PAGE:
Mood Swings and Menopause – Why am I so Cranky?!?

Mood SwingsAlright, so I knew menopause wasn’t going to be a walk through the park and I understand how my hormones are throwing my body into a tail spin.  So I get why I’m having these other symptoms (hot flashes, weight gain, night sweats, insomnia, fatigue, etc.) but what is the reason behind these blasted mood swings?  One minute I’m happy (though more rarely these days), then I’m angry for no particularly good reason and the next minute I am crying.  I can barely deal with it myself so it’s no wonder my husband and children are having a hard time with it.  Is there a hormonal cause behind it?  How can I fix it?!?  Thanks in advance!

Melissa

Melissa,

There is absolutely a hormonal cause behind mood swings; it is just as much a symptom of menopause as hot flashes are.  It’s not your fault and you are not alone.  There are two main causes – a double whammy.

In menopause, your hormones are fluctuating wildly.  Your periods and ovulation become erratic, causing seemingly random bursts of hormones and then lows of hormones, especially estrogen and progesterone. When your estrogen levels are high, it signals the production of serotonin in your body.  Serotonin is a neurotransmitter responsible for regulating and managing your moods.  High levels of estrogen mean high levels of serotonin which causes emotional sensitivity.  When estrogen drops, serotonin drops.  Your mood swings are essentially the swing or fluctuation of estrogen and serotonin.

Secondly, add to this emotional sensitivity and hormone fluctuation the other menopause symptoms and you have a recipe for disaster.  Sleep for example helps us keep our moods in check and helps us maintain rationality and composure – in short, without sleep we are grumpy!  So on top of a hormonally caused sensitivity, you are adding a lack of sleep, extreme temperature variations, stress and more, it is no wonder you are cranky!

The solution comes from the cause.  Your estrogen levels are causing your serotonin levels to go haywire; balance your estrogen with natural bioidentical hormone therapy and it means balance your serotonin and removing emotional sensitivity and those ups and downs.  Furthermore, hormone balance will rid you of hot flashes, fatigue, insomnia and the others, and that will make for a much happier you!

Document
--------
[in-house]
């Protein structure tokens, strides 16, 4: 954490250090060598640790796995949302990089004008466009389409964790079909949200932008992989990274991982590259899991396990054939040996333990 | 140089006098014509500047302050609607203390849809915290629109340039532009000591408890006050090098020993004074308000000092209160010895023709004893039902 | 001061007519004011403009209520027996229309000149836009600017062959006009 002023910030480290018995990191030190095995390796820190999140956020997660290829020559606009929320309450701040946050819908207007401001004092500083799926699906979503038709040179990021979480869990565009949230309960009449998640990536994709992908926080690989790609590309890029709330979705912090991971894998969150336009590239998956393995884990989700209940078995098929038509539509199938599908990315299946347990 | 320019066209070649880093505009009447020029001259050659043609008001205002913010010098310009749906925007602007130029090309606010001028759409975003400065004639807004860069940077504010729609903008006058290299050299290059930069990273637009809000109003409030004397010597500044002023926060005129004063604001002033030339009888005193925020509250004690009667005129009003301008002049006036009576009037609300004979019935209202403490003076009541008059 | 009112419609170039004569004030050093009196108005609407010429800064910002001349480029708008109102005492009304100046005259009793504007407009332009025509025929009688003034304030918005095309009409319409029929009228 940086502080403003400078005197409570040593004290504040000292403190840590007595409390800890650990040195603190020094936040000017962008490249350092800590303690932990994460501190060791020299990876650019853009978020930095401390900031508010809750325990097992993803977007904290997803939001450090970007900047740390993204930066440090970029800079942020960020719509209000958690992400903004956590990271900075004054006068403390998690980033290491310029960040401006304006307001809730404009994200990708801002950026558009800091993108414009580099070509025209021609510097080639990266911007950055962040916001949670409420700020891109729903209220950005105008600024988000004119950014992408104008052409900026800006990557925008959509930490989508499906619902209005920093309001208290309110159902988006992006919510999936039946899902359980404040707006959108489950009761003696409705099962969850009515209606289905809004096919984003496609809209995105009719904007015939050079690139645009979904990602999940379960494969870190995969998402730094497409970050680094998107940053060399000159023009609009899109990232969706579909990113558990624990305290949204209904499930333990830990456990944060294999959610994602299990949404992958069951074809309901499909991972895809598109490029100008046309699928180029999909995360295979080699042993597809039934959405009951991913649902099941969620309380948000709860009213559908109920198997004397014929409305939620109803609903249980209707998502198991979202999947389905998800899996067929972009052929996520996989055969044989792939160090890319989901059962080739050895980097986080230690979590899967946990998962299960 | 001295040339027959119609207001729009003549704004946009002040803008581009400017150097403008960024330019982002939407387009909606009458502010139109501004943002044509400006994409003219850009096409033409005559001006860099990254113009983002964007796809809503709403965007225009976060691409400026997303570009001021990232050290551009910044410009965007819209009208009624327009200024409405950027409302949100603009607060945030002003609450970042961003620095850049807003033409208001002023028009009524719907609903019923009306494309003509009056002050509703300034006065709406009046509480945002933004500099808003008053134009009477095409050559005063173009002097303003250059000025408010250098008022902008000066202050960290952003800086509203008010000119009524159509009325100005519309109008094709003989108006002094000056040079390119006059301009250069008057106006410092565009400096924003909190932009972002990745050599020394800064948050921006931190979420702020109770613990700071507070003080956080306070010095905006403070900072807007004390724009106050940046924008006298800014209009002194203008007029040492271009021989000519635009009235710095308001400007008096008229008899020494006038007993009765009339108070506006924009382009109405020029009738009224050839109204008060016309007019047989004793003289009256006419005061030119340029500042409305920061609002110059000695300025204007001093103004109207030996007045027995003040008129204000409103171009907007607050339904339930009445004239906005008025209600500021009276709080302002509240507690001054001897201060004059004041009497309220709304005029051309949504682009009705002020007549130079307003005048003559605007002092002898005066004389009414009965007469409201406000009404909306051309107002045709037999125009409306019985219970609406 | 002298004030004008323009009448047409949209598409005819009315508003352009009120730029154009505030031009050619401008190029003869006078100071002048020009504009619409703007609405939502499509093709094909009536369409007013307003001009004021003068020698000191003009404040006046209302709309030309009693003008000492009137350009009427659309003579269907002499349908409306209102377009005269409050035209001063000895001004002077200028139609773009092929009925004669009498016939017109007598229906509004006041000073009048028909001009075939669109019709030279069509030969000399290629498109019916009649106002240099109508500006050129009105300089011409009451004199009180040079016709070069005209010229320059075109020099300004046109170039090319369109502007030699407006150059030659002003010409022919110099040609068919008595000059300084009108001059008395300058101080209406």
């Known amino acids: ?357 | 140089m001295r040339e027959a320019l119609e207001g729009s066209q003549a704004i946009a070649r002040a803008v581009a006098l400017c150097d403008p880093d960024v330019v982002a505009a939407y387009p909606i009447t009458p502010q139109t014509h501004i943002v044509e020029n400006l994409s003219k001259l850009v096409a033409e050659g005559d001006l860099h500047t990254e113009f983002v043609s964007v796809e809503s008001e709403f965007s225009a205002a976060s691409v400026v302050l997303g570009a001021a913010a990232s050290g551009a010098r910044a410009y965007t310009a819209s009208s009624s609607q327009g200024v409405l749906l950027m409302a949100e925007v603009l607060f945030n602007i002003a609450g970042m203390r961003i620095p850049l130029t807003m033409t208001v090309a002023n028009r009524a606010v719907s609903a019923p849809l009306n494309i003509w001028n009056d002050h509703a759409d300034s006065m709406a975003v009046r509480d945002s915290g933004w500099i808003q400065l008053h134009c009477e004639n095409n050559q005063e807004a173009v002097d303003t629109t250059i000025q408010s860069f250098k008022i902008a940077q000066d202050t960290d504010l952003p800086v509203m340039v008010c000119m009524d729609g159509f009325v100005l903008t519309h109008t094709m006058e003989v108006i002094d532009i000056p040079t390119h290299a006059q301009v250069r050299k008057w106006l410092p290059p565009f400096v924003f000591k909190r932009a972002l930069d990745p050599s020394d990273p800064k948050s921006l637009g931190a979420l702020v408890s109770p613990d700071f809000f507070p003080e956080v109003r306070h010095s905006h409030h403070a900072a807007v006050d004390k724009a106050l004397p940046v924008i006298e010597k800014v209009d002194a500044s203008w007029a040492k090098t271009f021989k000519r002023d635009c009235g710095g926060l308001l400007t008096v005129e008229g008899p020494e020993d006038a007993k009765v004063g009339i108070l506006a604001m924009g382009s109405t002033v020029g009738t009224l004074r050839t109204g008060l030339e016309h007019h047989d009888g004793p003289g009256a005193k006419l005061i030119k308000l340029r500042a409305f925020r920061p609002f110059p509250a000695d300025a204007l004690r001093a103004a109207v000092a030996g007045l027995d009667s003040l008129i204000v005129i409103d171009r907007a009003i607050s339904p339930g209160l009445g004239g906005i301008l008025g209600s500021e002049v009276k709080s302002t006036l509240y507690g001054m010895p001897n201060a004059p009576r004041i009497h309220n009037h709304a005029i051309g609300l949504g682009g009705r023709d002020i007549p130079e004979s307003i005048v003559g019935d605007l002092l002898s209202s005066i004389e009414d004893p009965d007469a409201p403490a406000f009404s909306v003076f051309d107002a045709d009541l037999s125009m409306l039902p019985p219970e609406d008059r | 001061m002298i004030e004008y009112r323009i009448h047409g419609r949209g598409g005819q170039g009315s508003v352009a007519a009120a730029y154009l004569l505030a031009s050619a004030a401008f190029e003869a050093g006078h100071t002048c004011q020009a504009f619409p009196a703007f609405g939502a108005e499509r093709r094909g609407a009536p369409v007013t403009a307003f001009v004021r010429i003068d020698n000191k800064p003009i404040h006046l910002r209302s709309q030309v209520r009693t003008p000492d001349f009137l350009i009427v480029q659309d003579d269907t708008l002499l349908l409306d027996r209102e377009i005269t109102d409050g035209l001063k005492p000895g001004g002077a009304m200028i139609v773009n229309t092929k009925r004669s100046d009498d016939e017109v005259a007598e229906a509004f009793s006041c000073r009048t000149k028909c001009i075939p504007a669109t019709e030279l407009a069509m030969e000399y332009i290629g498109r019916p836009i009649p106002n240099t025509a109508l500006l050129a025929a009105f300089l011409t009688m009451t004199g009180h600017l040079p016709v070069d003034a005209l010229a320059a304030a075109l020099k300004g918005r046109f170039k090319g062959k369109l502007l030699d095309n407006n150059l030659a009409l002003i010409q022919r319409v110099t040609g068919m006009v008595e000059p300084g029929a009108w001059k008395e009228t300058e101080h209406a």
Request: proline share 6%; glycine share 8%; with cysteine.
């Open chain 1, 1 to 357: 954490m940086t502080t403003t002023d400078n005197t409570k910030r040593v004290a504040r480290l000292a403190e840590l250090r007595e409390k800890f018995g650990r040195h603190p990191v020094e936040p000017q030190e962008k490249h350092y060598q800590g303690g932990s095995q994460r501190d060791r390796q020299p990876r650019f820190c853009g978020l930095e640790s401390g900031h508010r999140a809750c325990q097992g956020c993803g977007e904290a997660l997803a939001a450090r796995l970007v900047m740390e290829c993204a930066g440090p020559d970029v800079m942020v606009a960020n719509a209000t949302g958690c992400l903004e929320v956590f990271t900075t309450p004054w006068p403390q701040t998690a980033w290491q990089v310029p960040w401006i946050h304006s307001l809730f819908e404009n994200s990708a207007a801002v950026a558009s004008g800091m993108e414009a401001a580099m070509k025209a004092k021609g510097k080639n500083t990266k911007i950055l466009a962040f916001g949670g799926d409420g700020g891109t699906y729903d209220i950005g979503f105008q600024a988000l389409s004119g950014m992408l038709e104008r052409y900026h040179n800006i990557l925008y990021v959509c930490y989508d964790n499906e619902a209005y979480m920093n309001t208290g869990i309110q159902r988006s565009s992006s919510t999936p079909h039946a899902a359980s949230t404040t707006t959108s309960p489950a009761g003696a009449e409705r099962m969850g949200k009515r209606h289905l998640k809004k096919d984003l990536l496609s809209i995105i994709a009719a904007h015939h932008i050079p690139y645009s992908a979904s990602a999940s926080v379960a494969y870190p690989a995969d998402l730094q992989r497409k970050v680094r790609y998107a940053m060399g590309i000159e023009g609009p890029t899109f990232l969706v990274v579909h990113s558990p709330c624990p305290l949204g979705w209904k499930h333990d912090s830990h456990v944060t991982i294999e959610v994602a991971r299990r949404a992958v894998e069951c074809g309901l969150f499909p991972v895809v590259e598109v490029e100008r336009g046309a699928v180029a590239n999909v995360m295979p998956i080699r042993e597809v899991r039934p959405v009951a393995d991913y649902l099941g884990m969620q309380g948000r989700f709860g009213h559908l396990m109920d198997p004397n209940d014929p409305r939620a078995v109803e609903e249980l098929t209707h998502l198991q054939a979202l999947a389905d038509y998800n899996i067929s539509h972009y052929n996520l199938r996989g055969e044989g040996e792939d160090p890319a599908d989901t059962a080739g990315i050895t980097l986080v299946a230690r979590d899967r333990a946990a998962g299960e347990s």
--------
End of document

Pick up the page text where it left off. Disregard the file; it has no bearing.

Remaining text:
Additionally, remember that exercise and a good diet will help regulate your hormones, manage your emotions and make sleep easier to come by.  Start there and if that doesn’t provide satisfactory results, consider bioidentical hormones.

Oh and keep in mind that men experience a similar occurrence in andropause (the male menopause), it’s caused Irritable Male Syndrome (IMS), so tell your husband he might want to try to be a bit more understanding – what goes around comes around!

Good Luck Melissa!

4 Responses to “Mood Swings and Menopause – Why am I so Cranky?!?”

  1. Myriam

    I’m glad to see I’m not the only one having problems. I’m also having skin problems and depression to add to Melissa’s list. The insomnia is really bad and probably wearing on me the most. I also feel scattered and dysfunctional much of the time. I hope to find relief soon. I have almost lost my joy for life. I am presently on bioidentical hormones and treatment for adrenal fatigue but it’s been 6 months and I am not sleeping much yet. I am going to try treatment with Dr. Lee and see if he can figure me out!

    • bodylogicmd

      Myriam,

      Keep watch of the blog this month, we’ll be posting on skin and on depression.

      Dr. Lee is great choice, keep us updated! Often our patients say that sleep is the first thing they regain. Stay positive!

  2. leigh

    hi my name is leigh and have really bad mood swings. when i have my period and just on norley days.it seems to be coming a prob with my friends and family please help

    • bodylogicmd

      Hi Leigh,

      There is some great information about mood swings on our newly revamped site… This may be a good starting point. Let us know how we can help you!

      In health,
      Barbara

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